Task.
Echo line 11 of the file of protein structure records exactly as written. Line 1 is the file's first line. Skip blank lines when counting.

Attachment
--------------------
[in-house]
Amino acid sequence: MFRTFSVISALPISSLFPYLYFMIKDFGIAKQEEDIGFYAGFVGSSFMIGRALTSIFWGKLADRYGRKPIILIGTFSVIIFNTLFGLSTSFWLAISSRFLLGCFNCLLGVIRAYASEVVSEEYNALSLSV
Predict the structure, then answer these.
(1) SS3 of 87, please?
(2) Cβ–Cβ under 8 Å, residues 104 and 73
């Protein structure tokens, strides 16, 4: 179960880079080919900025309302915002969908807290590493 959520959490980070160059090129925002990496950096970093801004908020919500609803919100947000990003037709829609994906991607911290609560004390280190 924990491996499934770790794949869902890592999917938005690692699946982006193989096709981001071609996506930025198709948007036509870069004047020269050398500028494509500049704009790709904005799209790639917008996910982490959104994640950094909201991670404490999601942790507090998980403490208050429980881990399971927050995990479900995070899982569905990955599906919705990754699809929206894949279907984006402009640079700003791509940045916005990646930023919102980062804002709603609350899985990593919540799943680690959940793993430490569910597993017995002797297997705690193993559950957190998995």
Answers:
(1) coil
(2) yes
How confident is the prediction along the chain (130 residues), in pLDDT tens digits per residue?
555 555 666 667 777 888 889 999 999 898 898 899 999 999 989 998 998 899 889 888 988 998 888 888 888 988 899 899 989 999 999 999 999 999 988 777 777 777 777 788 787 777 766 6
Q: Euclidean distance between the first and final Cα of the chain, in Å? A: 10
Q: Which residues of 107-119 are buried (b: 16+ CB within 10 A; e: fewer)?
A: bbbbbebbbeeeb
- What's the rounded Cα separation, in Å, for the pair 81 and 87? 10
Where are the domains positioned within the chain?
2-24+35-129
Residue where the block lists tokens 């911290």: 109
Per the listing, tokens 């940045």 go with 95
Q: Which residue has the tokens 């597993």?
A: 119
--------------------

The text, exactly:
555 555 666 667 777 888 889 999 999 898 898 899 999 999 989 998 998 899 889 888 988 998 888 888 888 988 899 899 989 999 999 999 999 999 988 777 777 777 777 788 787 777 766 6